Having failed to broker a reunification deal when talks collapsed in July, 2017 at the Swiss resort of Crans-Montana, United Nations Secretary-General Antonio Guterres told the Security Council he will try again.
In a report sent to the council, Guterres said he had asked his envoy, American diplomat Jane Holl Lute, to continue holding talks with Turkish and Greek Cypriot leaders on the basis for re-starting negotiations, said Agence France Presse (AFP).
“It is my hope that the ongoing consultations will lead to a return to negotiations, to which I could devote the full weight of my good offices, with the aim of reaching a lasting resolution of the Cyprus issue,” Guterres said in the report the news agency said it obtained.
“The way ahead must be well prepared, with a sense of urgency and focus,” he added, without explaining how that would happen as Cypriot President Nicos Anastasiades and Turkish-Cypriot leader Mustafa Akinci still aren’t talking to each other seriously yet.
Lute has gotten nowhere in her bid to get the two sides together again in a country called the “Graveyard of Diplomats,” with a long of envoys failing to make any headway.
A number of confidence-building measures have been agreed on mine clearance, on exchanging works of art between the two sides, on electricity transfers and on allowing mobile phone providers to operate on both sides, minor subjects.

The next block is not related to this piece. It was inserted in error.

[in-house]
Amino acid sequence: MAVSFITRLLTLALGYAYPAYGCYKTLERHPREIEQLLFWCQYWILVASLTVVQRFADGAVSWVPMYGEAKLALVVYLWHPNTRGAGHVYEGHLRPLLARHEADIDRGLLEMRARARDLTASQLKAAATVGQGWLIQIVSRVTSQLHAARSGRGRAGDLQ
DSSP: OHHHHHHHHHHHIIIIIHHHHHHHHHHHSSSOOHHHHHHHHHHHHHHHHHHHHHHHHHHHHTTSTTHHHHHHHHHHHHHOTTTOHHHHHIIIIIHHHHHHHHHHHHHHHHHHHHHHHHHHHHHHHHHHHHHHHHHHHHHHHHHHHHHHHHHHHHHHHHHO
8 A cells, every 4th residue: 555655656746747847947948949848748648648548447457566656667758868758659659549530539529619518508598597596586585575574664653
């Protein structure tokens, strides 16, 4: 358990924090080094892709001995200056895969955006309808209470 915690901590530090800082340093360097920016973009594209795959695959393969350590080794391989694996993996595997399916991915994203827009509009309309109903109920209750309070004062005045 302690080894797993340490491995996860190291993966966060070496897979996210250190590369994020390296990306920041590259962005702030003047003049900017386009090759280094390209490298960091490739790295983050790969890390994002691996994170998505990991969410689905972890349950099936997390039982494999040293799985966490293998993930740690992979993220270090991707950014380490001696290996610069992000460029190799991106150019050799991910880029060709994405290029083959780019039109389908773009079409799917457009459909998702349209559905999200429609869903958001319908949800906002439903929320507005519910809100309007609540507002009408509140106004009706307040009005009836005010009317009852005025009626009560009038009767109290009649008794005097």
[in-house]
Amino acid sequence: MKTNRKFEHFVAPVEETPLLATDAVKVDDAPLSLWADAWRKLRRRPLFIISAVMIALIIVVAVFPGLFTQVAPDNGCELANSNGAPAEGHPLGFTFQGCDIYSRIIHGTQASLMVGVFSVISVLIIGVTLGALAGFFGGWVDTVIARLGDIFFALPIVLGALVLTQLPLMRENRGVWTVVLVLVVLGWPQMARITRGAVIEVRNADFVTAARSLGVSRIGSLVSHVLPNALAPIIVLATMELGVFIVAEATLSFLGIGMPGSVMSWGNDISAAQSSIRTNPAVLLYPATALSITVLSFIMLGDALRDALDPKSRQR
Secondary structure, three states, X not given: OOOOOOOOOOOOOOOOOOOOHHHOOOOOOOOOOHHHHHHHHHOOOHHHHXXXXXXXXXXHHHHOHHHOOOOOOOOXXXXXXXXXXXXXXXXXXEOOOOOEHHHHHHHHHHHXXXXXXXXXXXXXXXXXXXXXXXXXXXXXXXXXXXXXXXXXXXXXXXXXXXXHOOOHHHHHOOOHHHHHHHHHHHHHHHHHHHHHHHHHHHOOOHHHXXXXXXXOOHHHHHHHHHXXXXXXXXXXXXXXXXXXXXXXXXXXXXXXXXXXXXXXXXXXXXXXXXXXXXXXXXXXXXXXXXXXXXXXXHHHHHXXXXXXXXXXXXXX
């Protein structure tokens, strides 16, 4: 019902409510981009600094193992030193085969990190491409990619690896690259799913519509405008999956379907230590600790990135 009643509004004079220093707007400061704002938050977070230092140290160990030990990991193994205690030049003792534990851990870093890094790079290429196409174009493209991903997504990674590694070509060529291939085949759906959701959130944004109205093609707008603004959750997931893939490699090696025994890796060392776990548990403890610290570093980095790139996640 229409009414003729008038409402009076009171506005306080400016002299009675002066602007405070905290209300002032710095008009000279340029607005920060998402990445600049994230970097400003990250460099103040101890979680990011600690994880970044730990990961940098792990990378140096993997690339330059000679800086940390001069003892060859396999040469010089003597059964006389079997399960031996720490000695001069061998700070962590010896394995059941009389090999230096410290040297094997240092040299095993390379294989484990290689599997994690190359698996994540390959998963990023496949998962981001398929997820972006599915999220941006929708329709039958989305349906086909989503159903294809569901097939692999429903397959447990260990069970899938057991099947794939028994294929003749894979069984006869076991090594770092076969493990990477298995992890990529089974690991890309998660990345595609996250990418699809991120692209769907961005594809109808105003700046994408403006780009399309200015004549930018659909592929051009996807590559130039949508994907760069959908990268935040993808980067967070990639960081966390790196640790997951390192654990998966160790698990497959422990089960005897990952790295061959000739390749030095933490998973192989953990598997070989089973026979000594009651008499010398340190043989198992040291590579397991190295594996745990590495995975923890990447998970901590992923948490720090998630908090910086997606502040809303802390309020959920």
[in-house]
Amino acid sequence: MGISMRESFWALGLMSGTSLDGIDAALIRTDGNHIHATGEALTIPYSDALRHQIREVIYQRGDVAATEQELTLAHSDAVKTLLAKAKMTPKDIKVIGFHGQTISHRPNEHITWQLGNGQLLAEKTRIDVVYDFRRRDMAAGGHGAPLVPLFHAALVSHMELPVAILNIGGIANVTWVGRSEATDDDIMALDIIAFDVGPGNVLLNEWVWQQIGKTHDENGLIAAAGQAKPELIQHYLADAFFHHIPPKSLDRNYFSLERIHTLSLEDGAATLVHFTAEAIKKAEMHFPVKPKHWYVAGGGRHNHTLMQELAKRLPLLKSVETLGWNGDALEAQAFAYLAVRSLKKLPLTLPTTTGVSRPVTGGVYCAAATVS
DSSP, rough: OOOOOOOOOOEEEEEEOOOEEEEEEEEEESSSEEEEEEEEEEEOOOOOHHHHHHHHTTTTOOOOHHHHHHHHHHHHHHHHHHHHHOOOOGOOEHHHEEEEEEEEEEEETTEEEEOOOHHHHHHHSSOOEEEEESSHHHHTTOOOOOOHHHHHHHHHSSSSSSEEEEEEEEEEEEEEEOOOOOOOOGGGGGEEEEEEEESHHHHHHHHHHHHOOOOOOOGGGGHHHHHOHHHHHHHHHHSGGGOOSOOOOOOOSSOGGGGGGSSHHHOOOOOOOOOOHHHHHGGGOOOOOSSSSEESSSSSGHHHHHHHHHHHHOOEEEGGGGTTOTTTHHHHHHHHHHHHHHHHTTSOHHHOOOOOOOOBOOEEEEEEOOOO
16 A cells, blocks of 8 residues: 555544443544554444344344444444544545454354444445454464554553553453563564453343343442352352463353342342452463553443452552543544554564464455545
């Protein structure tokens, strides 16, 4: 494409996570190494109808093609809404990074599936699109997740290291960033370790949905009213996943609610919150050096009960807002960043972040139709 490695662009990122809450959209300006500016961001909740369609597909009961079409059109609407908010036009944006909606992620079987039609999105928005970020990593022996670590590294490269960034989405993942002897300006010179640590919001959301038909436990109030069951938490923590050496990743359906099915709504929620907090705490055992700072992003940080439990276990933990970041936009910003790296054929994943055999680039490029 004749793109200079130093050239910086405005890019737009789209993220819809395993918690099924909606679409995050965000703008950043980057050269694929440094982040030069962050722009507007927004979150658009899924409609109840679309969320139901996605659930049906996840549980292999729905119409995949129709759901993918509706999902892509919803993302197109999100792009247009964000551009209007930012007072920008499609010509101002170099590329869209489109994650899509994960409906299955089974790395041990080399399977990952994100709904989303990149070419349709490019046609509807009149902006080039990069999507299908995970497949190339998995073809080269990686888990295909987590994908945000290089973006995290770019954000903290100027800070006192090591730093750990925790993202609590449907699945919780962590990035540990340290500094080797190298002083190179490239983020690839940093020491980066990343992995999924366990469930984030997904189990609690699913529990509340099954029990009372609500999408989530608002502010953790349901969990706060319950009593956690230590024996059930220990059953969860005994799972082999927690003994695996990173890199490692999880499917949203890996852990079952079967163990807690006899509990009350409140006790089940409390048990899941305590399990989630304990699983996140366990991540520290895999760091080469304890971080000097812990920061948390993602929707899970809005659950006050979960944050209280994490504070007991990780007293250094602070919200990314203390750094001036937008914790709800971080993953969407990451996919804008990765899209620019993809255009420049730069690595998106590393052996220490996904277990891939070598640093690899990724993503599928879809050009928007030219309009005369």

Still, “the skepticism on both sides regarding the prospects for a resumption of talks continued to prevail” following the leaders’ private meetings, Guterres said, according to the news report.
Lute has traveled to Cyprus four times since October for talks on re-starting negotiations and has met with representatives from Greece, Turkey, Britain – all of whom are guarantors of security on the island – and with EU foreign policy chief Federica Mogherini.
The Security Council in January asked Guterres to report on his efforts to re-start talks after renewing the mandate of the UN peacekeeping mission for six months while the US warned that without progress towards a political solution, UN peacekeepers will not remain indefinitely on the divided island.
The talks collapsed when Akinci and Turkish President Recep Tayyip Erdogan said they would never remove a 35,000-strong army on the northern third occupied by Turkey since a 1974 invasion and as they wanted the right to militarily intervene.